Lloyds Bank boss to step down after a decade at the helm

Antonio Horta-Osorio. (Reuters)
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Updated 07 July 2020

Lloyds Bank boss to step down after a decade at the helm

LONDON: Lloyds Bank CEO Antonio Horta-Osorio said on Monday he would step down next year after a decade at the helm, leaving Britain’s biggest domestic bank to find a successor to steer it through the coronavirus fallout. While his departure had been expected, it comes at a critical time as banks brace for a wave of bad debts as customers struggle in an economy heading into a deep recession.

Horta-Osorio’s successor will need to push Lloyds further into wealth management and online services while finding a way to increase profits in an era of almost zero interest rates, analysts said.

His departure could also lead to some musical chairs at top banks with analysts speculating about both where Horta-Osorio might go next and who will replace him at Lloyds. A Lloyds spokesman said a search for a successor that would include both internal and external candidates would begin imminently, adding that Horta-Osorio, 56, had given the company no indication of what he planned to do next.

Goodbody analyst John Cronin said Horta-Osorio could take the top job at Spain’s Santander or Unicredit, especially if the Italian bank’s boss Jean-Pierre Mustier were to switch to Lloyds.

Horta-Osorio said he would leave by June next year and was going with mixed emotions. He told staff in a memo seen by Reuters that leading Lloyds had been the job of a lifetime.


Lebanon’s $15bn blast repair bill adds to economic misery

Updated 06 August 2020

Lebanon’s $15bn blast repair bill adds to economic misery

  • Beirut port devastation brings warnings of housing crisis and billion-dollar hit to exports, imports

BEIRUT: Lebanon could face a repair bill of up to $15 billion in the aftermath of a cataclysmic chemical blast at Beirut port, according to a top government adviser.

The explosion, which was felt as far away as Cyprus, killed at least 100 people, wounded thousands and left an additional 300,000 Beirut residents homeless. 

It is thought to have been caused by nearly three tons of ammonium nitrate, a common agricultural fertilizer, that was confiscated in 2013 and improperly stored in warehouses. But after months of economic misery, the collapse of the currency and mounting civil unrest, it is being seen as the consequence of years of neglect, financial mismanagement and corruption as across the country.

Charbel Cordahi, an economist and financial adviser to the president, estimated the cost of damages from the explosion, including compensation, at around $15 billion. 

“Up to 70 percent of Lebanon’s trade channels through the port of Beirut,” he told Arab News.

“Airports and other ports in the country can facilitate only 30-40 percent of this trade, and opening the borders with Syria can facilitate another 20 percent. This means that at least $5 billion of imports will not find their way to the country, and another $2 billion of exports will stay on ground in the coming eight months. This represents a loss of around $4 billion, or 15 percent of gross domestic product,” he said.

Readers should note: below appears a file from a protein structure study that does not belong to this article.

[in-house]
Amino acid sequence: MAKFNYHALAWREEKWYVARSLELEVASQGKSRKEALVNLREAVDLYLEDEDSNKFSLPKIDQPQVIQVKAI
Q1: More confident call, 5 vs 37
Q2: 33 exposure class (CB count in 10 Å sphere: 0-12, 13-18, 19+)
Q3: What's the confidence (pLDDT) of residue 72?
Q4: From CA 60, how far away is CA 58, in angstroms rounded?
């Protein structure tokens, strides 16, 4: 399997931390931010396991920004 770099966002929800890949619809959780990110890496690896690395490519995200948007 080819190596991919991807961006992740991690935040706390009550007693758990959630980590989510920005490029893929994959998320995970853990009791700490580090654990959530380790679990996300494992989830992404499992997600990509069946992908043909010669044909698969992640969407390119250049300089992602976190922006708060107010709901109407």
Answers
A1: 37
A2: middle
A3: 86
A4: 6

He added that without an international aid program, “Lebanon cannot face this disaster.”

The explosion caps months of misery for the Lebanese, nearly half of whom now live below the poverty line. Popular anger directed at the government and political classes has swelled as a wider economic crisis has been made worse by the impact of the coronavirus pandemic.

Efforts to assess the damage at Beirut port, the country’s main trade gateway, are already underway. The second priority will be to restore food security and ensure the country does not run out of wheat after grain silos were destroyed, while also making sure residents who have lost their homes are rehoused as quickly as possible. Maintaining medical supplies and mitigating the environmental impact will also be a priority for city chiefs.

Many residents of the city are unable to return to their homes, even if their buildings remain visibly intact, because of the potential structural damage caused by the 4.5 Richter-scale blast.

“We need other countries to help us reconstruct Beirut,” Gen. Mohammed Kheir, secretary general of the Higher Relief Council, told Arab News. “We would be grateful if each country rebuilt a street or neighborhood in Beirut, like they did following the 2006 Israeli aggression. That would be the best way.”

He also appealed for emergency prefab homes for families for whom the government may not be able to provide housing.

Beirut Gov. Marwan Abboud, who estimated the primary damage at $3-$5 billion, appealed to the international community and the Lebanese diaspora to help.

Health officials had told Arab News that the country was running low on medical equipment, especially items needed for major surgery, and hoped that aid from abroad would fill the gap.

It is still too early to assess the full environmental impact of the blast, but environmental expert Mostapha Raad said a potentially bigger catastrophe may have been averted when the wind carried away a toxic cloud filled with nitric acid away from land and toward open sea.

“We were afraid the ammonium nitrate residue would lead to cooling off the weather and causing acidic rain, but according to tests on air samples, the result was green and the cloud disappeared over the sea,” he said.